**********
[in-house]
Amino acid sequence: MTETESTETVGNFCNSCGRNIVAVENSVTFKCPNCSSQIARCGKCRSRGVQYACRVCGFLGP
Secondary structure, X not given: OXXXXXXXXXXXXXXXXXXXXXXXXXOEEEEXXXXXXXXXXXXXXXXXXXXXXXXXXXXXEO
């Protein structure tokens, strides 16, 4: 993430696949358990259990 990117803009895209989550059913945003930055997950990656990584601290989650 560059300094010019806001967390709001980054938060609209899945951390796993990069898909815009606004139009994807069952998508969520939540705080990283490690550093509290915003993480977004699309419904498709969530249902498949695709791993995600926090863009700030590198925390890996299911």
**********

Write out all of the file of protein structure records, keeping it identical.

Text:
[in-house]
Amino acid sequence: MTETESTETVGNFCNSCGRNIVAVENSVTFKCPNCSSQIARCGKCRSRGVQYACRVCGFLGP
Secondary structure, X not given: OXXXXXXXXXXXXXXXXXXXXXXXXXOEEEEXXXXXXXXXXXXXXXXXXXXXXXXXXXXXEO
């Protein structure tokens, strides 16, 4: 993430696949358990259990 990117803009895209989550059913945003930055997950990656990584601290989650 560059300094010019806001967390709001980054938060609209899945951390796993990069898909815009606004139009994807069952998508969520939540705080990283490690550093509290915003993480977004699309419904498709969530249902498949695709791993995600926090863009700030590198925390890996299911």